The Going and Goodbye
Shuly Xochitl Cawood
Platypus Press 2017, 192 pp., $16
Exploring the Give-and-Take of Romance
Finding nonfiction that accurately captures the feeling of events both big and small can prove a challenge; however, The Going and Goodbye achieves this feat and much more. In her debut memoir, Shuly Xochitl Cawood explores the impact of her relationships with the three big loves of her life: her almost-fiancée, Matthew, her first husband, Rob, and her second husband, Preston, to whom the book is dedicated. Predictably, Cawood’s experiences with Matthew, Rob, and Preston do not chart a neat linear course in her personal history. Despite the overlapping nature of the narrative, the book reads as if the author exists as three different persons, a version of herself for each man in her life.
With Matthew, it’s a youthful hometown Ohio affair, a summer love that dies in the coolness of fall. The couple tries and fails to resuscitate feeling. Cawood beautifully illustrates the agony of being the person in the relationship who loves more. This naïve, fledgling Cawood yields like a pipe cleaner to every conceived notion of what might make Matthew notice and love her again. “If you have ever felt that you are not loved for exactly who you are—by someone that professes to—then that love is the one thing you will seek,” she writes.
It’s only when she flees to Mexico to teach English and live with her tia and tio (aunt and uncle) that Matthew acts like he gives a damn and follows her to Torreon. By then, Cawood has experienced a wider world, and this new world of music, dancing, and light has no room for a man with his feet half out of the circle. Years later, Matthew shows up again, except he is a pretentious born-again Christian, and gone are the days when Cawood might have molded herself to his image.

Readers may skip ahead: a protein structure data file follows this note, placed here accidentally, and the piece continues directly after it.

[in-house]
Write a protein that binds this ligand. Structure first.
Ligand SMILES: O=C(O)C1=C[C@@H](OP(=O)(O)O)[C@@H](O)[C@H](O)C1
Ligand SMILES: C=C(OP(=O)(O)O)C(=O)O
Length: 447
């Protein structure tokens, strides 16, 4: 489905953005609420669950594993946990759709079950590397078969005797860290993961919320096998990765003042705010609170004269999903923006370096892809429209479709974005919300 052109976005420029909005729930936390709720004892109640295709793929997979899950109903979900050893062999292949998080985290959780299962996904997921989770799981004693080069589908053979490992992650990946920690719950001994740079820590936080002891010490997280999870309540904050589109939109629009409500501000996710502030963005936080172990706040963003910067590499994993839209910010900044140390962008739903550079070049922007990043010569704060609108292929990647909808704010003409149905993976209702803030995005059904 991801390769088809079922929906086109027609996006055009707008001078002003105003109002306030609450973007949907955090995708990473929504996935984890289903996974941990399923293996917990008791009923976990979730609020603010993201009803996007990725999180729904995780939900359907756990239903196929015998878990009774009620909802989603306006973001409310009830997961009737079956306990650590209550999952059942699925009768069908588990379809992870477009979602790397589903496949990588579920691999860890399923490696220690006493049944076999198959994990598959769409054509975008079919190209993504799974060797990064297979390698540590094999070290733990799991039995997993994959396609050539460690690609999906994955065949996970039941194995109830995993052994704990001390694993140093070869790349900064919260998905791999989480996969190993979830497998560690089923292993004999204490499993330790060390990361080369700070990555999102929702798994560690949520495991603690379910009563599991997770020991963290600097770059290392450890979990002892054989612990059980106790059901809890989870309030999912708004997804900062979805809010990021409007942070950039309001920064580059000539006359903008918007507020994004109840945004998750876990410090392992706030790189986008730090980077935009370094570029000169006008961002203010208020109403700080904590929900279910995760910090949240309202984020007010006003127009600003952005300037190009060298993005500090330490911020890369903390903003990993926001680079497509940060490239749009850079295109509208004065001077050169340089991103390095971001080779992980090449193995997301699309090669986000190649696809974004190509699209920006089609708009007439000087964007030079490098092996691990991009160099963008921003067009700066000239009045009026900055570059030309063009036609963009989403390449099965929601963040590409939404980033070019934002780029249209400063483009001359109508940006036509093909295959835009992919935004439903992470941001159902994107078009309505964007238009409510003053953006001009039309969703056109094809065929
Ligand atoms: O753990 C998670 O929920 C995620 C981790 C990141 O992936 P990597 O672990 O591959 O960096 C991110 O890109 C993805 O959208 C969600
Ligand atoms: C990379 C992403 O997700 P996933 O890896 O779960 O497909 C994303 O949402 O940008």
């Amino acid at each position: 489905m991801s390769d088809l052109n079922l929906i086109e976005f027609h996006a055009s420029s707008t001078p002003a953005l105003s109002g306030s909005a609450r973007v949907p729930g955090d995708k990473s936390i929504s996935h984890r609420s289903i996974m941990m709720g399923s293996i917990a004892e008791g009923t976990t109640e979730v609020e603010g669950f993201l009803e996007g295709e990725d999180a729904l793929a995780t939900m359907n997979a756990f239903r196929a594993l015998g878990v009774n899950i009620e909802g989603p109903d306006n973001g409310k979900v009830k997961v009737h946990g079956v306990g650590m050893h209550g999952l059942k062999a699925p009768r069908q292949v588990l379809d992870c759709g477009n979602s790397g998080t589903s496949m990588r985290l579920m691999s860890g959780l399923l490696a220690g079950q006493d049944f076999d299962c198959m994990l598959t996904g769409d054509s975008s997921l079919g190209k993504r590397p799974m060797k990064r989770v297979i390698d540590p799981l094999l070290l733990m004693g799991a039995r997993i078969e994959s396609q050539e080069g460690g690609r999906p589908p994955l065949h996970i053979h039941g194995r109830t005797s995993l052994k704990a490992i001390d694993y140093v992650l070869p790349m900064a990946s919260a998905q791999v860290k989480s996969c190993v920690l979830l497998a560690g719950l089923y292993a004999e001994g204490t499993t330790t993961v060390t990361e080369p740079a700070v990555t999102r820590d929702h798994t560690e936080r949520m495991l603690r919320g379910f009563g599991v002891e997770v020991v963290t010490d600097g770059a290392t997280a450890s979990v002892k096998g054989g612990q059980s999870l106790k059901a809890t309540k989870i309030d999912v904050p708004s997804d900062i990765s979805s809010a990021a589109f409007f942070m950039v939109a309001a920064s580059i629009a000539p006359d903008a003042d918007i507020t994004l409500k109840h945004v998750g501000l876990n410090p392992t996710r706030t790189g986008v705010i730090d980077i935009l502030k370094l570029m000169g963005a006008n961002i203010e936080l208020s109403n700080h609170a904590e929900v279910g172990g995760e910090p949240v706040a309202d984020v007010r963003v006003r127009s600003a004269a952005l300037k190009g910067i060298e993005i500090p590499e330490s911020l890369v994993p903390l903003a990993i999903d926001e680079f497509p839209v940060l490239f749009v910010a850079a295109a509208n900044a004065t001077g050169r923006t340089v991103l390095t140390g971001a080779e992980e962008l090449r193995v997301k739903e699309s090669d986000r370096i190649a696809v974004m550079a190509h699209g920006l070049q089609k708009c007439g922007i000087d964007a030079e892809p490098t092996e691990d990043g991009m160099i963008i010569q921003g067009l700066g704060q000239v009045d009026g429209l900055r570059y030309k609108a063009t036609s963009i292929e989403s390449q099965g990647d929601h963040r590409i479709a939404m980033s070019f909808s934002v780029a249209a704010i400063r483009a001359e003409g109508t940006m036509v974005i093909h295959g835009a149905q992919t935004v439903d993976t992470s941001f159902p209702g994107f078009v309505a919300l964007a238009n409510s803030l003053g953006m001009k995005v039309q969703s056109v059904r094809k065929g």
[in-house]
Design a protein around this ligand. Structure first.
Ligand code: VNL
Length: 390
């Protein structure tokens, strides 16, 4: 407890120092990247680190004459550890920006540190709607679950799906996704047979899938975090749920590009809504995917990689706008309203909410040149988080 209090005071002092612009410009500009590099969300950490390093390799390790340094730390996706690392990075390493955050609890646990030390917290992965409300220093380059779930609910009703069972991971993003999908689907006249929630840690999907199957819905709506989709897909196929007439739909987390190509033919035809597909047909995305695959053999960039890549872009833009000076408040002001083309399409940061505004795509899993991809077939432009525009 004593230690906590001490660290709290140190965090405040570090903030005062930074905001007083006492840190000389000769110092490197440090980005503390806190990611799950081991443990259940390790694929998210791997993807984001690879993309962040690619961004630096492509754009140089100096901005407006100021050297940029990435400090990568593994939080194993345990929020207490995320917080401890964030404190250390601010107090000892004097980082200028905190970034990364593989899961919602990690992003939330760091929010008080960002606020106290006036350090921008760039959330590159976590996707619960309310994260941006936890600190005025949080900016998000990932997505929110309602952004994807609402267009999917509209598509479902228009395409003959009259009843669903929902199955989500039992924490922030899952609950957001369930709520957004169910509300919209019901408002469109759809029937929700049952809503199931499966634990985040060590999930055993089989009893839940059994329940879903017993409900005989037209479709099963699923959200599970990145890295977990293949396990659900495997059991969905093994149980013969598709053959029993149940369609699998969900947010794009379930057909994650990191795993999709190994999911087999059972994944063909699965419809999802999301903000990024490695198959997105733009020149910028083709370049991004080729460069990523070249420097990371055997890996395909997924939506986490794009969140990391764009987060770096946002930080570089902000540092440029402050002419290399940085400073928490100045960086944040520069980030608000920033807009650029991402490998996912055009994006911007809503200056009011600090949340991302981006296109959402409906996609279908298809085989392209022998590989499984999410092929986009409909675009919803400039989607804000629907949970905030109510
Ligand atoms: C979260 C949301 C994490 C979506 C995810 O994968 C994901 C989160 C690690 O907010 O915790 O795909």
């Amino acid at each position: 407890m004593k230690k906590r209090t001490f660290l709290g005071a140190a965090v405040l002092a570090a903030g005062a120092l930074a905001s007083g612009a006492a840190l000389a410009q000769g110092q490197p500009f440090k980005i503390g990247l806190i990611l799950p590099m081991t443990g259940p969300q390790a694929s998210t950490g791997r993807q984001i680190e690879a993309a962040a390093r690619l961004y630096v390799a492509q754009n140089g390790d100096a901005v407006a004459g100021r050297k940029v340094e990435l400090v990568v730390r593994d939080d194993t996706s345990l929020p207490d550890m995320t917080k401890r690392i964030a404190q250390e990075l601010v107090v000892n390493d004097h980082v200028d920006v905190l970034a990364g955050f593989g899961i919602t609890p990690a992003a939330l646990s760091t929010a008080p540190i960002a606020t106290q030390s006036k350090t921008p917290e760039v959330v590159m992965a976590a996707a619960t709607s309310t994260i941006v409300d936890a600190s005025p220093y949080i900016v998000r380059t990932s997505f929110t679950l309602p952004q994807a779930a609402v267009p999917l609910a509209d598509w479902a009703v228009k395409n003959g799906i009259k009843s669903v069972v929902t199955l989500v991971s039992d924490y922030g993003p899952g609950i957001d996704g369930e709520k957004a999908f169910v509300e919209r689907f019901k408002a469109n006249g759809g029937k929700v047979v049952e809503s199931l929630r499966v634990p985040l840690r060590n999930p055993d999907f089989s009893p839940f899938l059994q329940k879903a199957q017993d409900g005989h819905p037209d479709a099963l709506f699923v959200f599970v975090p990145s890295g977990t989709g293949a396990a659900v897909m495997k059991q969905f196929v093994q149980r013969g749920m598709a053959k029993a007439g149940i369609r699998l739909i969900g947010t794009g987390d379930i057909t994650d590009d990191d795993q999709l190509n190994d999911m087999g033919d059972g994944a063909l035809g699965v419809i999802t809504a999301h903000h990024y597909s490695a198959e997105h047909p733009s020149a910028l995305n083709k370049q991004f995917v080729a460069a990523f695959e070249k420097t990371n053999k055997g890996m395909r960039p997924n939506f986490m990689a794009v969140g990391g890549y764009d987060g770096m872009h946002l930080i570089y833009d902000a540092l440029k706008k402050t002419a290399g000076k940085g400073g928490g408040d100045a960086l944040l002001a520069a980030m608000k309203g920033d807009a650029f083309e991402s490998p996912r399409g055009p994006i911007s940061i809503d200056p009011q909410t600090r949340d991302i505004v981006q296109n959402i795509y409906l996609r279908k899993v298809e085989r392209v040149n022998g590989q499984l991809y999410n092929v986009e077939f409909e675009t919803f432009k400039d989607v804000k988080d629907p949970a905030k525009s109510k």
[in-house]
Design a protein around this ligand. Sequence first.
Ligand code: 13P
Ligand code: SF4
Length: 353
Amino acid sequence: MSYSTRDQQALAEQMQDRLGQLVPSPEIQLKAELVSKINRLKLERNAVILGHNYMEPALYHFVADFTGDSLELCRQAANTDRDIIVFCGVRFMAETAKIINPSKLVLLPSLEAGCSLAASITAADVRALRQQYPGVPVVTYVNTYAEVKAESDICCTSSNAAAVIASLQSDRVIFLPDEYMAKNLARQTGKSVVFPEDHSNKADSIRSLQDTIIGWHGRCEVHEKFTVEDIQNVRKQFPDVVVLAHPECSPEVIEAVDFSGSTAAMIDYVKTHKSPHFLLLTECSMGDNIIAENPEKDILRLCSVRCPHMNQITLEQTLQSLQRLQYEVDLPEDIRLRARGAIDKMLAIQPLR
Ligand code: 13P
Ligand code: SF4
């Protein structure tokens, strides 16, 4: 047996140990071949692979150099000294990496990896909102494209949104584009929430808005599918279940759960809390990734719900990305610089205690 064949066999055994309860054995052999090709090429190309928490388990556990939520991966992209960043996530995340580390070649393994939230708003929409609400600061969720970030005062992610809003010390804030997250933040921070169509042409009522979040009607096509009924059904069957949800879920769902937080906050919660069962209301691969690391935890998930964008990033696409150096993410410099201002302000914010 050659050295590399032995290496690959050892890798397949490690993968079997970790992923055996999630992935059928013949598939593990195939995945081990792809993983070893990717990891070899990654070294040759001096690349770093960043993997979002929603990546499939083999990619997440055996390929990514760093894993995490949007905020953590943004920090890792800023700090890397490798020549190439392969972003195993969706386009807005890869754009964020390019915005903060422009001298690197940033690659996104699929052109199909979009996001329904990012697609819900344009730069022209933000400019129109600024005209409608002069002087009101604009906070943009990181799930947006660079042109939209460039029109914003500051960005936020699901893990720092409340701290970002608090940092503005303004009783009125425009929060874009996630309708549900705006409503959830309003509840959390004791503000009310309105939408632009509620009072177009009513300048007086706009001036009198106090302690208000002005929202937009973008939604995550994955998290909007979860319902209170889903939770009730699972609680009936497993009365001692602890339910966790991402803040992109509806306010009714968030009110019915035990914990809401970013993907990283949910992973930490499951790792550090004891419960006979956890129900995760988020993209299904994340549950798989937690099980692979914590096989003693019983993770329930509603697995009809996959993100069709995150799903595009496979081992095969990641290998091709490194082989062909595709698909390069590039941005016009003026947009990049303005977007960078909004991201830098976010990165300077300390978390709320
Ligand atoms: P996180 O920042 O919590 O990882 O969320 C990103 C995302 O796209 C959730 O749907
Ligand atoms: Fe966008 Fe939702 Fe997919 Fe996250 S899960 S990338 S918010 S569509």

Life with Rob resembles two lovers fighting against the current of fate, straining their fingers toward each other but failing to touch. Marriage to Rob leads the pair away from Cawood’s comfortable Ohio homestead to the unknowns of North Carolina. The dutiful wife version of Cawood pretends she wants Rob’s minimalist adventurer’s life instead of a single place to belong. No one can deny the love that exists between them, but just as real as the forces drawing Cawood to familial and familiar roots is Rob’s wish to dig up his roots and transplant himself to exotic locales. Chapel Hill, NC becomes their first monumental compromise, and it isn’t too long before the happy façade crumbles.
Post-divorce Cawood stands at an impasse so vast it must feel like being drawn and quartered. Learning to live on her own again, she confronts nostalgia for people from her past and what might have been, until a contra-dancing man from Tennessee shakes her life up like a snow globe. Preston, a mortician by trade, is the final point in Cawood’s love triangle. The point of light. Through the loss of best friends, the raising of good dogs, and a significant health scare, Preston is her partner. Proudly, Cawood is his wife without being defined by him.
In non-fiction, it can be tempting to pretend, falter into pretense, act as though we are better, smarter, and kinder than we really are. Cawood refuses these temptations and tells her story as she remembers it. She may have grown up in Ohio, but she has a Southerner’s style of telling it like it is, owning up to her failures and the part she played in the devolution of her love life as well as its evolution. A reader might point out the memoir’s structure, how it jumps from scene to scene and memory to memory, which can have a jarring effect when trying to keep up with the fascinating details of Cawood’s three selves as a woman, partner, and overall independent human being. But then life isn’t linear, and love certainly isn’t, so to look at it another way: The Going and Goodbye knows what it needs to be.